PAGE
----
This is a clever book that shows us monsters aren’t always scary & neither are feelings, if you have someone to help you understand them. A kind, little girl takes her colourful but confused monster friend by the hand. She says that his feelings are all stirred up & so he is, too. She lets him know that she can help. Through a bright collage of illustrations, all the different coloured feelings are separated out & put into glass jars to look at – a lovely way of conveying that feelings can be managed & are containable. This is a charming portrayal of ‘what’s shareable is bearable’ & that we need never be alone with experiencing emotions.
There is a simplicity to the words in the story, which offer connections between colours & emotions & what they might lead us to do, but without being prescriptive.
Creating engaging narratives that help to make sense of thoughts, feelings & behaviour can be so useful for children. This is especially so for children who have experienced trauma in the past & who may be very shut down or disconnected from their bodies, or who struggle to focus their thinking. We aren’t telling them how they think or feel but we are offering them some suggestions to ‘try on for size’. Offering empathic narrative, rather than questions, can be a good starting point for connecting with children who really struggle to identify & articulate thoughts or feelings on their own. We reduce the demand upon them to come up with the answers & this can reduce the chances of them feeling as though they have failed & the risk of them tipping into shame or rage.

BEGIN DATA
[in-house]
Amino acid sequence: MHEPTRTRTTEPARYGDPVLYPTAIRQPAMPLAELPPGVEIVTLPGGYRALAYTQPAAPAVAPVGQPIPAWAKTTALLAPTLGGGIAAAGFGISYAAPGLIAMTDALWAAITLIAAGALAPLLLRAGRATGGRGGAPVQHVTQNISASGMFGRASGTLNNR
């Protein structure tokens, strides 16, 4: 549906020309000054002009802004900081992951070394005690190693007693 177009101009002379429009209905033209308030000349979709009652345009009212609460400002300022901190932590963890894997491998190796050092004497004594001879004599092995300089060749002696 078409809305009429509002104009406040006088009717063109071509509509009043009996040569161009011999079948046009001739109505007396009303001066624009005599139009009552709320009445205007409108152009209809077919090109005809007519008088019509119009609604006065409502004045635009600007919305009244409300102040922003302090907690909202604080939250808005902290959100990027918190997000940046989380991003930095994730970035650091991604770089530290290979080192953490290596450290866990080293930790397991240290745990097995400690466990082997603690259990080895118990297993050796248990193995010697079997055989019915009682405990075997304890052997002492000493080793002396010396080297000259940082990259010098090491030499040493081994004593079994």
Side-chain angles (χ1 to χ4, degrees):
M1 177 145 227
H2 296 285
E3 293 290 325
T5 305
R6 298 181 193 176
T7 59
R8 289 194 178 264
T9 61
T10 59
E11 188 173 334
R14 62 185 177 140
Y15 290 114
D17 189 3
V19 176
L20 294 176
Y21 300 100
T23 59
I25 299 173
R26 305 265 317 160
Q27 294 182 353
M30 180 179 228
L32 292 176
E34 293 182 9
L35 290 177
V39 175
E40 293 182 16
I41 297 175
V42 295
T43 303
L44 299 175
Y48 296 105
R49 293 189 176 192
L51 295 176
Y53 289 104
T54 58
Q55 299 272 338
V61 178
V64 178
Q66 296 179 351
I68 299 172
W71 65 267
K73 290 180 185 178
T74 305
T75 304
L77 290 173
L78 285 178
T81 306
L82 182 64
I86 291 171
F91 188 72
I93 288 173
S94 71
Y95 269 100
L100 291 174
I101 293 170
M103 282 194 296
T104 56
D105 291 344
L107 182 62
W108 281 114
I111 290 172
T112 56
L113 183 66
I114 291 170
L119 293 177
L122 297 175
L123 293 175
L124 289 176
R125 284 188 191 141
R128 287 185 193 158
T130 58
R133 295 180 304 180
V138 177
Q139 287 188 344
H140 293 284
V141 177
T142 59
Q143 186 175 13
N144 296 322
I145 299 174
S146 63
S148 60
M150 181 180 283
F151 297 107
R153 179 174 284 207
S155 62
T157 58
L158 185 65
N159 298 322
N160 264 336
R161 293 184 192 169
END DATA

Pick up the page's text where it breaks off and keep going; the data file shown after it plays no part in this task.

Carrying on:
Empathy forges connection – unconditional acceptance of the child’s inner world coupled with our expressed willingness to journey into our child’s experiences with them. In The Colour Monster, the little girl lets her monster friend know that if he is scared, they can walk through the forest together & that if he is sad, she will hold his hand. Of course, Moffles love connections between colours & emotions & we’ve learned that some monsters do, too.